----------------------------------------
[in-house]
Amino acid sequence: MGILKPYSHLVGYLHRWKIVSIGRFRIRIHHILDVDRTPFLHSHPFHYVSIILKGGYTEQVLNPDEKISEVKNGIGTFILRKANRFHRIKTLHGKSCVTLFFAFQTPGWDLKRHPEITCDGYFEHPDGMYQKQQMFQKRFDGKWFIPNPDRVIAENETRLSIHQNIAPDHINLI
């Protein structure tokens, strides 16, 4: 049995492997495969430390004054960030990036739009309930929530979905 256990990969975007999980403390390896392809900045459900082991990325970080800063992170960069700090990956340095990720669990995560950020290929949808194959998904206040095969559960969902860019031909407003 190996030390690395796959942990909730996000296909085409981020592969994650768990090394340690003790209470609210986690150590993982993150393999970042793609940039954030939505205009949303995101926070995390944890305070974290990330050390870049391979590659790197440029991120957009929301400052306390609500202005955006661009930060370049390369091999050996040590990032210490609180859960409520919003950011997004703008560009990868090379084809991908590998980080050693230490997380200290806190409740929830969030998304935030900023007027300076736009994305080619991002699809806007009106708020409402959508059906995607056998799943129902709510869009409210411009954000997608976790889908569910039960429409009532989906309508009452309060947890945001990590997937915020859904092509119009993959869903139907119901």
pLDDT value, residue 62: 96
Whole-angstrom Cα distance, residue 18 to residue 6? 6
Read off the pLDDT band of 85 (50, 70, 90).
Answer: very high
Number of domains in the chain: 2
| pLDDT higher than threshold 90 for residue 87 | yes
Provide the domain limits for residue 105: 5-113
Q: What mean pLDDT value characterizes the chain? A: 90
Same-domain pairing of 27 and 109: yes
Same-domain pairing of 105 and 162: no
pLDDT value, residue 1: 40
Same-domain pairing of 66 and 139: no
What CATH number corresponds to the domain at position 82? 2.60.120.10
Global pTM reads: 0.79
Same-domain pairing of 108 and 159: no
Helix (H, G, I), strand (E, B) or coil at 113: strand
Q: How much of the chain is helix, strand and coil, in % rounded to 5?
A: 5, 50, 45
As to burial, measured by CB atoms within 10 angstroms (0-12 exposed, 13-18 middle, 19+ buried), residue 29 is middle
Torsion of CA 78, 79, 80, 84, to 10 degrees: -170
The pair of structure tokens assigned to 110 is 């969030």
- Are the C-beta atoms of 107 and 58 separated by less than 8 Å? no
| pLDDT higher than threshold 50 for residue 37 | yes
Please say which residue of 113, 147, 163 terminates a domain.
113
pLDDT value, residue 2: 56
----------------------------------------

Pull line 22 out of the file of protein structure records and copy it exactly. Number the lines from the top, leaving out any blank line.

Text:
As to burial, measured by CB atoms within 10 angstroms (0-12 exposed, 13-18 middle, 19+ buried), residue 29 is middle